Property leaders warn of Brexit impact in UK economy and real estate in 2019
The proportion of property industry leaders intending to increase development activity in 2019 has fallen by over a third according to a survey of the UK’s largest investors, owners, developers and advisors who are members of the British Property Federation.
In 2017, 62% of the survey’s respondents said that they planned to increase development activity in 2018. For 2019, this has fallen to 41%.
Data from the latest polling conducted by the BPF and Grosvenor Britain & Ireland, shows that 91% believe leaving the European Union will be worse for Britain’s economy over the next 12 months, and only 41% believe it will be better for Britain’s economy over the next 10 to 20 years.
Confidence in UK real estate’s performance over the next 12 months has also fallen, with only a quarter (24%) saying they feel confident about 2019. This compares to last year’s results where nearly half (48%) felt confident about the industry’s performance in 2018.
However over half (55%) are confident in the industry’s performance over the next five years, up from 48% a year ago.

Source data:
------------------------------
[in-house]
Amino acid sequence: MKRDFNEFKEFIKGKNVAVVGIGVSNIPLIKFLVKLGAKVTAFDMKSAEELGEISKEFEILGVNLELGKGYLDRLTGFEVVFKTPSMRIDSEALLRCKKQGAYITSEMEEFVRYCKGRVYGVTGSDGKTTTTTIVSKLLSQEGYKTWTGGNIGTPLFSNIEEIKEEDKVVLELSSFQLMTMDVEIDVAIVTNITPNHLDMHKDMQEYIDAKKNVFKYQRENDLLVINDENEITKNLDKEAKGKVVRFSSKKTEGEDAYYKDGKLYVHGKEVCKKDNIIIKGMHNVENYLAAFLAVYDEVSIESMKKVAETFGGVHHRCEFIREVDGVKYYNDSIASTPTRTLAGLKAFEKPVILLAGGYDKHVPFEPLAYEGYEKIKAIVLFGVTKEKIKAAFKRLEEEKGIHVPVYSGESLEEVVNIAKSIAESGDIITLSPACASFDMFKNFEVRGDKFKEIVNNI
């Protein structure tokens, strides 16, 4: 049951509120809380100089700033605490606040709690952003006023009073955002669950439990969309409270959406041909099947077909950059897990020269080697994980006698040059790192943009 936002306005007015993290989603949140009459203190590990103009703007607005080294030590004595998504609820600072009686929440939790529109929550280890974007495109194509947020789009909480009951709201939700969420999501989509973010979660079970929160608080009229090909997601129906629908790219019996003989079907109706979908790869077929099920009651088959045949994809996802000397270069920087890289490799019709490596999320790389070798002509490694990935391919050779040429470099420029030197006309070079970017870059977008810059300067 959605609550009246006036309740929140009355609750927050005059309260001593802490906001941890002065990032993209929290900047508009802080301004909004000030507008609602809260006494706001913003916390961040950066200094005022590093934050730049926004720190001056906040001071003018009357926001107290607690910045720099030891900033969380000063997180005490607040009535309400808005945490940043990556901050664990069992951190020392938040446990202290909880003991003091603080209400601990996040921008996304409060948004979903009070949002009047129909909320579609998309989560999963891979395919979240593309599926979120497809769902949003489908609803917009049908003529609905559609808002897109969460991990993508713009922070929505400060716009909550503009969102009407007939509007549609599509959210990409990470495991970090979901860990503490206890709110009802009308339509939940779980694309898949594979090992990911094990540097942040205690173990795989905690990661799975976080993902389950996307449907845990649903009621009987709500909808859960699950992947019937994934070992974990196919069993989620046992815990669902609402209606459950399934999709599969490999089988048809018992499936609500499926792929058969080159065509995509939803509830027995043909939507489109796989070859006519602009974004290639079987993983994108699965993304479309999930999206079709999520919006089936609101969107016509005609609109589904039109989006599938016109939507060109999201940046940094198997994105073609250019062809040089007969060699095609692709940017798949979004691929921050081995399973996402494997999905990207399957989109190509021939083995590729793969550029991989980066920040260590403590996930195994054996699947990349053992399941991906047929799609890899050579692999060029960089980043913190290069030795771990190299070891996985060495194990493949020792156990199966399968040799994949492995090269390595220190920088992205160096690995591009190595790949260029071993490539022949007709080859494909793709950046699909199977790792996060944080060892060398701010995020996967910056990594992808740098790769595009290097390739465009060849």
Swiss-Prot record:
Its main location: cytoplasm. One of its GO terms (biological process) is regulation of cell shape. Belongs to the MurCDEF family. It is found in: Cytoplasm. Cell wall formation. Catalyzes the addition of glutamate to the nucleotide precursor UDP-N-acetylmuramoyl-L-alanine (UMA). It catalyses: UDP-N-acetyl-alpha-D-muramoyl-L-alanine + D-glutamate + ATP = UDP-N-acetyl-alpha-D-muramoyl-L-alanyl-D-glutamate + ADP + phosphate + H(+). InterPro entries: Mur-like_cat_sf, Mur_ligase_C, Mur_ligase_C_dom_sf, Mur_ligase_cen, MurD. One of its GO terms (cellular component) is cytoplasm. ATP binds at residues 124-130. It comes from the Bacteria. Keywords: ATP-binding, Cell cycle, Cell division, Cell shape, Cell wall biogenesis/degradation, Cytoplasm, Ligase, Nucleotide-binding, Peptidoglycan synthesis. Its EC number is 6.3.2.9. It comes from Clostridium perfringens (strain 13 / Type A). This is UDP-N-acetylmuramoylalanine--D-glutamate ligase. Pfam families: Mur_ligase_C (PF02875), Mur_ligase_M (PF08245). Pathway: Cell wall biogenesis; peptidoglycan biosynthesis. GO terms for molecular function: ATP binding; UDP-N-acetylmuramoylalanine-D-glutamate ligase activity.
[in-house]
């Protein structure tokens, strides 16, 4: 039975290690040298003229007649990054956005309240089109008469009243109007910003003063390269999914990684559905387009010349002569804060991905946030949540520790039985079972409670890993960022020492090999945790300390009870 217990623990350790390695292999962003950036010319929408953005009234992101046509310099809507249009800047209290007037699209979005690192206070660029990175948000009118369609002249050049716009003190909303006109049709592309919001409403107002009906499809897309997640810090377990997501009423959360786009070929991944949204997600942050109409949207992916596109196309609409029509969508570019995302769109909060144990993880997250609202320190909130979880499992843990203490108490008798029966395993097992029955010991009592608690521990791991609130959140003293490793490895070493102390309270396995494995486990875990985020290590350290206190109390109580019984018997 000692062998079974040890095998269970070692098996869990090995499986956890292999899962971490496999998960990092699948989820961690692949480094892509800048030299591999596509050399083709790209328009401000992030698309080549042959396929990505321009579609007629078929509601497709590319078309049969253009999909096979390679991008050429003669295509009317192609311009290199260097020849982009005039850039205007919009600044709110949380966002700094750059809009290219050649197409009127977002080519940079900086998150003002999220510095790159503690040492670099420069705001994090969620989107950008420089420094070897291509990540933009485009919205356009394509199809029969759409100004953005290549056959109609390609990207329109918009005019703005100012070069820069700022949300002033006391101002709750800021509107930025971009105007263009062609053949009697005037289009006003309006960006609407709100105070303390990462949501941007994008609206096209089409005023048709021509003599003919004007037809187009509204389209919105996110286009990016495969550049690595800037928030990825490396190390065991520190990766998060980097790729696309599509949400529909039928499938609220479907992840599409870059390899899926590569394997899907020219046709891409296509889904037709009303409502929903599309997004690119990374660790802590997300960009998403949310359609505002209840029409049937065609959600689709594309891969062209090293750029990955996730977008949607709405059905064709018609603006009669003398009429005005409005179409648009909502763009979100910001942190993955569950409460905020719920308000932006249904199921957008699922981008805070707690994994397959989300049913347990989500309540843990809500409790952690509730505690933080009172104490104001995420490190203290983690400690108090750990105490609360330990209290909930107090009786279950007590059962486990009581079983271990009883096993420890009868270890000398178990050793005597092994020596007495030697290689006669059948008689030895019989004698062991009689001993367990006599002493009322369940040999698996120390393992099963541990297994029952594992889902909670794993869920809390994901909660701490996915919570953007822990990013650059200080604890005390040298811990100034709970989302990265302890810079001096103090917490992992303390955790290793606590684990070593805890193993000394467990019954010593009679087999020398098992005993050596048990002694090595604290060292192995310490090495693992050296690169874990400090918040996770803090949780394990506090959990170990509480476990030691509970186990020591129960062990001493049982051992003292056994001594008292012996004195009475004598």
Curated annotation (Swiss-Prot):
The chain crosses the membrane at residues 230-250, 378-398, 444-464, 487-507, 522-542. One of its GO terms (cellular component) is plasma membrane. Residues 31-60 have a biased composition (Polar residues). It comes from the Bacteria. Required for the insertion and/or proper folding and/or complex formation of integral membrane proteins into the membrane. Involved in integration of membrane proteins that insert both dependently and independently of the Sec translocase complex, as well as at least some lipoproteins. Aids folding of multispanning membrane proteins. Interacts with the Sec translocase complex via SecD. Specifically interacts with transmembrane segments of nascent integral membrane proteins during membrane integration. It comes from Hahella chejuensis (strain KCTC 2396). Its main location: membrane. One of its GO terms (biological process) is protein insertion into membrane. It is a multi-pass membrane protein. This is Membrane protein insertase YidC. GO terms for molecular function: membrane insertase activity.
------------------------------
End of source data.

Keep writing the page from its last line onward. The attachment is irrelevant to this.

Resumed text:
Over a third (36%) believe the industrial sector will perform best in terms of financial return in the next 12 months, with 17% saying the same about residential. None of the property leaders surveyed felt the retail sector would perform best in the coming year.
The majority of respondents did not believe public trust in the UK’s planning system (85%) or real estate industry (75%) is ’strong’. Almost half (47%) felt that the sector is not changing quickly enough to increase social mobility by being more inclusive or diverse, although 30% said the industry is changing quickly enough.
BPF chief executive Melanie Leech said: “The real estate industry underpins UK productivity, and economic and social wellbeing, by delivering the physical fabric where we all live, work and relax, and so these results should be taken seriously by politicians. They send a clear warning that development activity is at risk, and this will undermine the country’s ability to deliver the high-quality homes, offices and leisure spaces that inspire innovation and regeneration to ensure our town and city centres can thrive.”